The man lowered his gaze to the list in his hands and hummed, seeming to take his good ol’ time in figuring out the most damning punishment he could give her at that moment.

“A seven hundred troy fine -” He looked back up to her with a twinkle in those gray eyes, a hand coming up to stroke the calico scruff patching his chin. “and fifteen years in prison.”

The prison part honestly shocked her, a surge of adrenaline forcing her to lash out with the sweaty officer behind her yanking her back against his front. “What?!” Lottie grunted and wrestled a bit with the officer to allow her some breathing room. “Come on, Quinn - I know we’ve had our disagreements, but isn’t that a bit much?”

Quinn lifted a brow. “It could be worse, couldn’t it, Miss Fane?” He patted the holster at his hip with a satisfied grin to help solidify his point.

Lottie felt her heart pounding in her chest, realizing the man wasn’t going to dream about going easy on her this time, not after he finally had his hands on her after the recent months of endless chasing. Panic started to seep through the uninterested mask she had been wearing, and the officer behind her started to push her forward to follow Quinn. She forced her breath to calm and glanced back at the ladder she’d been scoping out earlier.

She wasn’t sure about Quinn, but she wouldn’t mind a few more months of running.

Planting her feet to the ground and stopping abruptly caused the officer behind her to collide with her back. As soon as she felt the contact, Lottie raised a foot and rammed the heel of her boot down on the man’s toe. He let out a painful howl, hands instinctually releasing her own to cradle his foot, and she took no time in turning to swat a fist at his nose for good measure. Hearing a crunch split under her fist, the officer fell to his knees, hands reaching to shield his nose and face with eyes scrunched shut in agony.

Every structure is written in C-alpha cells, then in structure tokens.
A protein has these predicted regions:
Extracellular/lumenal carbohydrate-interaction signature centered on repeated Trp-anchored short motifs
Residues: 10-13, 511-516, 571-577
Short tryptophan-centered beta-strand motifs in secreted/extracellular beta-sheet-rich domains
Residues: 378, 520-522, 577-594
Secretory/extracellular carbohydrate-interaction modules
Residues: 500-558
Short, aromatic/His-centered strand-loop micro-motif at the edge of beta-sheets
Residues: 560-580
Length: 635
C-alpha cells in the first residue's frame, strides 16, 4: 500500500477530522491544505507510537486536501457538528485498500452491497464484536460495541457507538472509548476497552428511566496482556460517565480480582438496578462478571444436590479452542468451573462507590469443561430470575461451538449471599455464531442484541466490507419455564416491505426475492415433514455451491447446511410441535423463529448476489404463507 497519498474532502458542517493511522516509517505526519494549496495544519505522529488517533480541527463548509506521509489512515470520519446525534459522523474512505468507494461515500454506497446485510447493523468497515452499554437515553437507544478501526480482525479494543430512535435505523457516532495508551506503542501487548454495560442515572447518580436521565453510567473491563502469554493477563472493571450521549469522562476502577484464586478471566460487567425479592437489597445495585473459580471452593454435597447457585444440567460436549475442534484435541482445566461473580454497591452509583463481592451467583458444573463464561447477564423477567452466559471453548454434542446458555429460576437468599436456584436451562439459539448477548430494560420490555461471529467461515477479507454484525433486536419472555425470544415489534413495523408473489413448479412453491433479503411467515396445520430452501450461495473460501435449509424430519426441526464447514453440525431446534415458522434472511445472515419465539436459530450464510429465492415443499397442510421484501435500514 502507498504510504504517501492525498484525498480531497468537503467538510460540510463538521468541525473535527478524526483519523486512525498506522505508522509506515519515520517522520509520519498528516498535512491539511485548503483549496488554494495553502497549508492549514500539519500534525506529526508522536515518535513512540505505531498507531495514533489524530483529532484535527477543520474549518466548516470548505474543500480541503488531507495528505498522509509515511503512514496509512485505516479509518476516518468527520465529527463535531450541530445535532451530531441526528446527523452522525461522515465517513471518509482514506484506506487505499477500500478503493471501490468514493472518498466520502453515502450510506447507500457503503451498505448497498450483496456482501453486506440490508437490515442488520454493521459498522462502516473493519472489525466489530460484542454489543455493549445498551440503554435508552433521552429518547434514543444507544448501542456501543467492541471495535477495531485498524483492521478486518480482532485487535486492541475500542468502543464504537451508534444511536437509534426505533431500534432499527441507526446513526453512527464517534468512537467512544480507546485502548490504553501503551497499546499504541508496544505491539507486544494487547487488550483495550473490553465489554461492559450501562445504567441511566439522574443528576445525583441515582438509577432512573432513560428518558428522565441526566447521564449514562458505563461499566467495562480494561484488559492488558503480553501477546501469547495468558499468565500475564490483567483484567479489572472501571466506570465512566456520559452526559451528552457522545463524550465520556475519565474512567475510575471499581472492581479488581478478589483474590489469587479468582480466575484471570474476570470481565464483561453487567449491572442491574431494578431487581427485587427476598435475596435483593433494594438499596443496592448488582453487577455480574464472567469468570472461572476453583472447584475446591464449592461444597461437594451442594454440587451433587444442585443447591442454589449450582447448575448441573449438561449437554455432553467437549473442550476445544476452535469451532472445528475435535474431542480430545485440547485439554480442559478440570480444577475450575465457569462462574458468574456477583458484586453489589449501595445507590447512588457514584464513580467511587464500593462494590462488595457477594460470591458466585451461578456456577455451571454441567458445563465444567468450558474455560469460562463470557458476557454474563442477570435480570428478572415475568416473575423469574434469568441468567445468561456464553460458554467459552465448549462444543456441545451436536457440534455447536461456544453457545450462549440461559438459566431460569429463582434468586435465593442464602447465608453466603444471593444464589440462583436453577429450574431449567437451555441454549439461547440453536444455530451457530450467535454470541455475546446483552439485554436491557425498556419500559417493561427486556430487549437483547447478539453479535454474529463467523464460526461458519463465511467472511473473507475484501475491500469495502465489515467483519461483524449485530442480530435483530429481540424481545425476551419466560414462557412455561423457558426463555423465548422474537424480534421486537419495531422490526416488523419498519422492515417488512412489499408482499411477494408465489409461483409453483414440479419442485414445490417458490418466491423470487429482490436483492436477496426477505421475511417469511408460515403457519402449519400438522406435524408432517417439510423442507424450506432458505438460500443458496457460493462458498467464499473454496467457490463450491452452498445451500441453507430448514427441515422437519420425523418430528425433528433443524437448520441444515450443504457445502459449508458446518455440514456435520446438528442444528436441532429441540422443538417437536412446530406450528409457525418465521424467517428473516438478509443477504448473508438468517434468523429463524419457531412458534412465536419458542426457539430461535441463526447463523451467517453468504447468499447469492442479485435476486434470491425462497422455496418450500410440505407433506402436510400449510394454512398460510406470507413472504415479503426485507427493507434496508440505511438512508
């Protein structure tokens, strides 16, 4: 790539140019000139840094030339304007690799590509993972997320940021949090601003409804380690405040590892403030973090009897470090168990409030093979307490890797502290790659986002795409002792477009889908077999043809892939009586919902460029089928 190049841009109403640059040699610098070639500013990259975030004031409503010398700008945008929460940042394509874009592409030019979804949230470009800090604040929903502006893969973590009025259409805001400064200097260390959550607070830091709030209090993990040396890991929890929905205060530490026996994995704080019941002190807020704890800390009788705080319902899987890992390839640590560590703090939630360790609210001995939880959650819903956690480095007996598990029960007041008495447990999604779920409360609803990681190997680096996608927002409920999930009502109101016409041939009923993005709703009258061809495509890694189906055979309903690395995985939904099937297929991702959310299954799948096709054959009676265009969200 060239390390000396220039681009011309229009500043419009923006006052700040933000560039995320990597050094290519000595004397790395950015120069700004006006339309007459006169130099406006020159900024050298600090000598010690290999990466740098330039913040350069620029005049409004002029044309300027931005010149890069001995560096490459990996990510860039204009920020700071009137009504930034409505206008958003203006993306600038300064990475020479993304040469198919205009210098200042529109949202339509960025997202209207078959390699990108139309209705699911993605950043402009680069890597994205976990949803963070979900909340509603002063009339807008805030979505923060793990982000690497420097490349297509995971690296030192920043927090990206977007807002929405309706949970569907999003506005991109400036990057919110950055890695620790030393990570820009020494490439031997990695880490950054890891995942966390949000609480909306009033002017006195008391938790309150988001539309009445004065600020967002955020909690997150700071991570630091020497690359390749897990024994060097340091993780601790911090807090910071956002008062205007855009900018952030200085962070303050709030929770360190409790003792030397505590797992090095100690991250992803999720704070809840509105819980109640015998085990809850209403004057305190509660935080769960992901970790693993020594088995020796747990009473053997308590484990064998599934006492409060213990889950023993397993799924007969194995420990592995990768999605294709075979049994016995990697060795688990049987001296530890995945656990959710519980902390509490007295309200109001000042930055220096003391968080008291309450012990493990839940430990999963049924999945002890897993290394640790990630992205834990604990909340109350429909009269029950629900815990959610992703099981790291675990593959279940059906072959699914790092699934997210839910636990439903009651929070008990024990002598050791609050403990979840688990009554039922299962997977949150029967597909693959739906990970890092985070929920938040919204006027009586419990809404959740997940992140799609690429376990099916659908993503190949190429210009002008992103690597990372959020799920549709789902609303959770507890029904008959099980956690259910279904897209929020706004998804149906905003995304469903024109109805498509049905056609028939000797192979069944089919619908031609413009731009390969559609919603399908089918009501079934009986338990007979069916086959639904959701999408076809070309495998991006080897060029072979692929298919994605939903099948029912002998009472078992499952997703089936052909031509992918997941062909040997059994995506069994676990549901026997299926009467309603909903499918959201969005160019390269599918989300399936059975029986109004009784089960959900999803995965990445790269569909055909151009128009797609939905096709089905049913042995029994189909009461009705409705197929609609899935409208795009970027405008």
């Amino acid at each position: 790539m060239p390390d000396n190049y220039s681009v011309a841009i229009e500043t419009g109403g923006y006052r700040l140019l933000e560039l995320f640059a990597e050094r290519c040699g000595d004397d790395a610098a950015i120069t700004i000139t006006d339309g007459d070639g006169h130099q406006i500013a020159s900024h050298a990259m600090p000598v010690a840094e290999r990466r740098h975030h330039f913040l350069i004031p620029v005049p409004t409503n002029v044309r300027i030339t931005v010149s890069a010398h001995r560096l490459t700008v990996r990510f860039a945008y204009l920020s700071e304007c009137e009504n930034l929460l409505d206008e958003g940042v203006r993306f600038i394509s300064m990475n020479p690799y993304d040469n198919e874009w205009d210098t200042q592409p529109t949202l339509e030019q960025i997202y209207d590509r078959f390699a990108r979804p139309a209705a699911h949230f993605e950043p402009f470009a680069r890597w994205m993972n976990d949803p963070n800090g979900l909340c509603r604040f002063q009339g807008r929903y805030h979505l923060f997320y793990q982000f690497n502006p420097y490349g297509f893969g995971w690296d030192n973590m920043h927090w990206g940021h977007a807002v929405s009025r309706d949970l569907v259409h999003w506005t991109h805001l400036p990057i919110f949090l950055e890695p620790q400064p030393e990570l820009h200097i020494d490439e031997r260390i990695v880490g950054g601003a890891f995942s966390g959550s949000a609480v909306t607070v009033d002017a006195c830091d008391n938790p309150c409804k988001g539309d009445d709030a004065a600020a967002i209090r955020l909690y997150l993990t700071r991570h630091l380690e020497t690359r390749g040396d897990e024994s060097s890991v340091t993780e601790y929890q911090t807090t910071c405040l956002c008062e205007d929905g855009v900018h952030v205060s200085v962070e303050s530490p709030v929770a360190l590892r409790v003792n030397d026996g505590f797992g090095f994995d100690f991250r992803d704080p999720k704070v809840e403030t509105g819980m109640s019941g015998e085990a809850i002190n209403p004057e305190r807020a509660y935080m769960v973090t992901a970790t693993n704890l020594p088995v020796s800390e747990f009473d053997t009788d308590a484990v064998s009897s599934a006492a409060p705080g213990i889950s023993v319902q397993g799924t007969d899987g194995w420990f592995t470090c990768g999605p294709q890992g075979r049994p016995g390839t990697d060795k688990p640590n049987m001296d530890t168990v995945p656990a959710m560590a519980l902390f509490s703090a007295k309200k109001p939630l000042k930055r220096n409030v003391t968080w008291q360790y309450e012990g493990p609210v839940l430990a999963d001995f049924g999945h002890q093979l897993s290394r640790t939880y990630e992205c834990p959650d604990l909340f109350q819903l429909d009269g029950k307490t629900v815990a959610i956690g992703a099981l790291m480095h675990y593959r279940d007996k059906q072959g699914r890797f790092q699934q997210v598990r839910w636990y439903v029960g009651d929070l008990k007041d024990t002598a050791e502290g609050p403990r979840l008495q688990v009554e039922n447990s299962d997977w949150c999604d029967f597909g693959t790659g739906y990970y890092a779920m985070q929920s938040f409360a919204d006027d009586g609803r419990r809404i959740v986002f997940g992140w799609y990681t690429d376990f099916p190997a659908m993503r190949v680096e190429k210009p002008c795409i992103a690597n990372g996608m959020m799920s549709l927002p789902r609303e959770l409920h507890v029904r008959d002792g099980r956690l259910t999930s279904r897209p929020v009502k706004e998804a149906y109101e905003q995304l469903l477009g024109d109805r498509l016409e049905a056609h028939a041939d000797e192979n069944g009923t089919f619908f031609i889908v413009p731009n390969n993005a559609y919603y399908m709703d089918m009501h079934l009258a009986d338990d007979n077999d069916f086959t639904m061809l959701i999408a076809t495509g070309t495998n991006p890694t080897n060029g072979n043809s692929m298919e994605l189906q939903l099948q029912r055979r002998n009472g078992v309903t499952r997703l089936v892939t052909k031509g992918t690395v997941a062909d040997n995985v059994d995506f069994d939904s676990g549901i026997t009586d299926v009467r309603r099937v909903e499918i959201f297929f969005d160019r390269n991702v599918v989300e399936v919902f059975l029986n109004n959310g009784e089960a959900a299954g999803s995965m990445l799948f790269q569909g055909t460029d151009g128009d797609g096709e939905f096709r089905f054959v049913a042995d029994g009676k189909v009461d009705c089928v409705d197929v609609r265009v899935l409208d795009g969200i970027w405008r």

With both hands now free, a second passed as other surrounding officers caught up to what was happening and moved to tackle her. However, Lottie was just a tad smaller than them, flinging herself around, and through the gaps between the huddle of officers and towards the ladder. The rusted metal hung a few feet from the ground, and she used all momentum she had from the sudden sprint from the doubled-over officer to leap from the ground. Tattered gloved palms just barely made contact with the bottom rung, the whole thing shaking violently from the sudden weight and she sucked in a breath; praying to whatever god to please not let the ladder crumble!

Swinging her legs, just barely missing kicking an officer in the face, she was able to grab the next bar up with her opposite hand. Her biceps were screaming at her like they never had before, twinges of sharp pain just barely felt under the surge of adrenaline as she started climbing. The cries of outrage below her and the sudden deafening twang of metal bullets hitting the ladder sporadically only encouraged her to move quicker with an uncontrollable, wild grin splitting her features.

Once the view of the sky broke above the edge of the roof, she pushed through those last couple of bars before hoisting herself up and over. Tumbling over the edge, her knee scraped the side of the brick and tore her pants, blood almost immediately pebbling along the abrasion as she let out a groan.

Rolling onto her back, Lottie gripped her knee, a burning sensation blooming from the scrape only for her attention immediately being torn to the sound of metal whining against weight. She scrambled to the edge to peer over, watching a few officers try their hand at scaling the ladder, but it shook too much under their weight. Some bolts holding the metal to the side of the building even popped from the brick and she chuckled at their attempts. If another person tried, the whole thing would come crashing down.

The smile was back as she moved to stand, her knee obviously sore but the excitement coursing through her veins numbed everything other than the immense feeling of success.

Cupping her hands around her mouth, she called down to the scrambling group. “Must be a new record, Quinn!” The man whipped his head up towards her. “You almost had me for twenty minutes there!”

His scowl could be seen from space, the string of curses spilling like dripping flames from his mouth only spurred her on, and Lottie was quick to salute to the increasingly enraged Captain before ducking behind the ledge again.

Another chuckle bubbled from her chest as she moved across the rooftop, taking it slow at first to make sure her knee was okay. Once her limp started to disappear, Lottie let out an exhilarated shout towards the sky before taking off running.